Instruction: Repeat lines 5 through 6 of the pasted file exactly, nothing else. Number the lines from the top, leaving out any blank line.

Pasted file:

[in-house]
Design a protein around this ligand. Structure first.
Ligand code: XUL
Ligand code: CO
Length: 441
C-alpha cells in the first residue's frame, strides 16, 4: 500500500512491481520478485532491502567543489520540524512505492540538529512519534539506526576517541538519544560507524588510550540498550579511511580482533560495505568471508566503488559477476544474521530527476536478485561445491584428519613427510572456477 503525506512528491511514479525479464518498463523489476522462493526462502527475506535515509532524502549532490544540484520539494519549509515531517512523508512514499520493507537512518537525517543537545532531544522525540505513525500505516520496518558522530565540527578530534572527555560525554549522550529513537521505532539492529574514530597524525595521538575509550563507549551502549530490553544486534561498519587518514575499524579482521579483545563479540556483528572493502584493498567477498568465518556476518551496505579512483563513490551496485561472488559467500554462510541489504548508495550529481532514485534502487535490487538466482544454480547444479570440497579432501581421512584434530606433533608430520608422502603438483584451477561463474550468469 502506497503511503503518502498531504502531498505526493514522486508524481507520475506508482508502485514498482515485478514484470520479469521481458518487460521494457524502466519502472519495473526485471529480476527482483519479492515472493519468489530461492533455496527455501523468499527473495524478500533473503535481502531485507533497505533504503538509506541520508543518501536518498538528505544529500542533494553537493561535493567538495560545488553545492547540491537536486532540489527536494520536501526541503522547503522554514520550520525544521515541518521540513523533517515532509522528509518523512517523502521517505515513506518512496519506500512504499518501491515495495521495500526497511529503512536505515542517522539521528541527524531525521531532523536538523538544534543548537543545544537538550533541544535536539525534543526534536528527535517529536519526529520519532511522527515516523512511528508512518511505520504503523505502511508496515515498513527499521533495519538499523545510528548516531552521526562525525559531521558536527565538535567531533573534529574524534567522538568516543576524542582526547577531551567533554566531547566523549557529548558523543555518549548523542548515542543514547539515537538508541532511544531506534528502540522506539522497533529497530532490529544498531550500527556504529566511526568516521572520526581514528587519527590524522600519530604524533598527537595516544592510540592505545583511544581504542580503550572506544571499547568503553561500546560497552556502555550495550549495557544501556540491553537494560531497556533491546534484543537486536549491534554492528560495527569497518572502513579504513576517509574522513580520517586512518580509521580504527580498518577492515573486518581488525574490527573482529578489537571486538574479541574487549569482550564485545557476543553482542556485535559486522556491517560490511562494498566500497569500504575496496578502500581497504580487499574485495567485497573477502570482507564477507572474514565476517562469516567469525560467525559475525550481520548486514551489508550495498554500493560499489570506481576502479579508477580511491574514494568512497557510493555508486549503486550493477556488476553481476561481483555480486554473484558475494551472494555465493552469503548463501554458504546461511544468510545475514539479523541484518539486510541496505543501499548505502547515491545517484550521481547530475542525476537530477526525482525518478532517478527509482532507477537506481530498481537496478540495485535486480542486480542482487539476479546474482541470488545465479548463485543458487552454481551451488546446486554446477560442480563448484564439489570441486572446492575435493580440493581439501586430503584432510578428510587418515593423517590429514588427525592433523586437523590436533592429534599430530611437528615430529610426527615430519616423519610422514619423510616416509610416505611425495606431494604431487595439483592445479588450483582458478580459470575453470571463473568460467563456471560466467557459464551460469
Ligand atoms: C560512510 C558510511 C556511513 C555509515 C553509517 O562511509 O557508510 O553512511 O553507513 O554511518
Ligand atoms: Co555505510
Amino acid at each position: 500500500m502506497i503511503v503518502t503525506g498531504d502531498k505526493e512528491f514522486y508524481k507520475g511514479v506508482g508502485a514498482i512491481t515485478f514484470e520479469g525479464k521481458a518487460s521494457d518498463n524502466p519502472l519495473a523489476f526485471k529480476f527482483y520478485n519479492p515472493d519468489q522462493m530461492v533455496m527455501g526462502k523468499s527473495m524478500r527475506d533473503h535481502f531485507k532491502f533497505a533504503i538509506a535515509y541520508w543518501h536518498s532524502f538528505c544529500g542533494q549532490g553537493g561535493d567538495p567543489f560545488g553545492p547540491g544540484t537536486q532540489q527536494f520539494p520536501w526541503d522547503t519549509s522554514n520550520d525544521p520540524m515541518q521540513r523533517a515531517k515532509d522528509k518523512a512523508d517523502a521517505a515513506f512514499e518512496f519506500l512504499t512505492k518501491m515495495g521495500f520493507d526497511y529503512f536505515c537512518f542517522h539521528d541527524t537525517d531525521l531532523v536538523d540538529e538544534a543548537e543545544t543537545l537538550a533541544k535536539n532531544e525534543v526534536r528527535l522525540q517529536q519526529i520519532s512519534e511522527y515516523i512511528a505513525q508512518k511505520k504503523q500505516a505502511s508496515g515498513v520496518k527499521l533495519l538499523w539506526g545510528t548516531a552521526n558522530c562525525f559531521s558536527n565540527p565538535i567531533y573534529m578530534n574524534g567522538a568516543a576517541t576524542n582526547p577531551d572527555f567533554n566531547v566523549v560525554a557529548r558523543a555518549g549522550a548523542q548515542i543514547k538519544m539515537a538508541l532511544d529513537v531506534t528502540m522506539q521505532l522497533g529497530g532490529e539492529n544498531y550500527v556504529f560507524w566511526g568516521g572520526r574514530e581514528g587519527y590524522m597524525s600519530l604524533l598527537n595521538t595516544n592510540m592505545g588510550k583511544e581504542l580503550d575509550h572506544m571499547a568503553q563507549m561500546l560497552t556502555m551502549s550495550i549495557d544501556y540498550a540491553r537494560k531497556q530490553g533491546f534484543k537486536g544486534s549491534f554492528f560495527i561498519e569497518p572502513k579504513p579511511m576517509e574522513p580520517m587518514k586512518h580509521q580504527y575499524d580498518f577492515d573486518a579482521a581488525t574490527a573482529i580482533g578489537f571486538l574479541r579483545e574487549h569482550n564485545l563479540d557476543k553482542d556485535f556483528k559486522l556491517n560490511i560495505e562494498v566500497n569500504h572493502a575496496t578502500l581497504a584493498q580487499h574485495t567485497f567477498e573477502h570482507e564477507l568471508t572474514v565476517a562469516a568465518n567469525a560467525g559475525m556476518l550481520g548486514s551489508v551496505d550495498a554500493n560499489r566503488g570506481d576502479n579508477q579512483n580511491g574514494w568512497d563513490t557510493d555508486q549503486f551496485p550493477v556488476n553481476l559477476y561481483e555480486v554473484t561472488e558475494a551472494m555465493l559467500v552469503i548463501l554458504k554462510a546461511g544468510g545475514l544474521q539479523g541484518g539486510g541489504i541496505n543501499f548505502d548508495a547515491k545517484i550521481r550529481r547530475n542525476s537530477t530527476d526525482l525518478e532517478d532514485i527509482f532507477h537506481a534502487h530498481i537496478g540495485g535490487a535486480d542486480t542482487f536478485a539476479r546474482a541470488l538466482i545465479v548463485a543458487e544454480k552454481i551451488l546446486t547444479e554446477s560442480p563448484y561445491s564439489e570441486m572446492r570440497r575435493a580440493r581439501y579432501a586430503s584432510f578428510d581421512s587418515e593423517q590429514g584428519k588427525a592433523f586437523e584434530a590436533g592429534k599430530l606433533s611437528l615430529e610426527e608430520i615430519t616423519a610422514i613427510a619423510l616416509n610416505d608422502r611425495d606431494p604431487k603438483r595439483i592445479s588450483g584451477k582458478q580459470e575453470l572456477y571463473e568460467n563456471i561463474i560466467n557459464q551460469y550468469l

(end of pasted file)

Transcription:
Length: 441
C-alpha cells in the first residue's frame, strides 16, 4: 500500500512491481520478485532491502567543489520540524512505492540538529512519534539506526576517541538519544560507524588510550540498550579511511580482533560495505568471508566503488559477476544474521530527476536478485561445491584428519613427510572456477 503525506512528491511514479525479464518498463523489476522462493526462502527475506535515509532524502549532490544540484520539494519549509515531517512523508512514499520493507537512518537525517543537545532531544522525540505513525500505516520496518558522530565540527578530534572527555560525554549522550529513537521505532539492529574514530597524525595521538575509550563507549551502549530490553544486534561498519587518514575499524579482521579483545563479540556483528572493502584493498567477498568465518556476518551496505579512483563513490551496485561472488559467500554462510541489504548508495550529481532514485534502487535490487538466482544454480547444479570440497579432501581421512584434530606433533608430520608422502603438483584451477561463474550468469 502506497503511503503518502498531504502531498505526493514522486508524481507520475506508482508502485514498482515485478514484470520479469521481458518487460521494457524502466519502472519495473526485471529480476527482483519479492515472493519468489530461492533455496527455501523468499527473495524478500533473503535481502531485507533497505533504503538509506541520508543518501536518498538528505544529500542533494553537493561535493567538495560545488553545492547540491537536486532540489527536494520536501526541503522547503522554514520550520525544521515541518521540513523533517515532509522528509518523512517523502521517505515513506518512496519506500512504499518501491515495495521495500526497511529503512536505515542517522539521528541527524531525521531532523536538523538544534543548537543545544537538550533541544535536539525534543526534536528527535517529536519526529520519532511522527515516523512511528508512518511505520504503523505502511508496515515498513527499521533495519538499523545510528548516531552521526562525525559531521558536527565538535567531533573534529574524534567522538568516543576524542582526547577531551567533554566531547566523549557529548558523543555518549548523542548515542543514547539515537538508541532511544531506534528502540522506539522497533529497530532490529544498531550500527556504529566511526568516521572520526581514528587519527590524522600519530604524533598527537595516544592510540592505545583511544581504542580503550572506544571499547568503553561500546560497552556502555550495550549495557544501556540491553537494560531497556533491546534484543537486536549491534554492528560495527569497518572502513579504513576517509574522513580520517586512518580509521580504527580498518577492515573486518581488525574490527573482529578489537571486538574479541574487549569482550564485545557476543553482542556485535559486522556491517560490511562494498566500497569500504575496496578502500581497504580487499574485495567485497573477502570482507564477507572474514565476517562469516567469525560467525559475525550481520548486514551489508550495498554500493560499489570506481576502479579508477580511491574514494568512497557510493555508486549503486550493477556488476553481476561481483555480486554473484558475494551472494555465493552469503548463501554458504546461511544468510545475514539479523541484518539486510541496505543501499548505502547515491545517484550521481547530475542525476537530477526525482525518478532517478527509482532507477537506481530498481537496478540495485535486480542486480542482487539476479546474482541470488545465479548463485543458487552454481551451488546446486554446477560442480563448484564439489570441486572446492575435493580440493581439501586430503584432510578428510587418515593423517590429514588427525592433523586437523590436533592429534599430530611437528615430529610426527615430519616423519610422514619423510616416509610416505611425495606431494604431487595439483592445479588450483582458478580459470575453470571463473568460467563456471560466467557459464551460469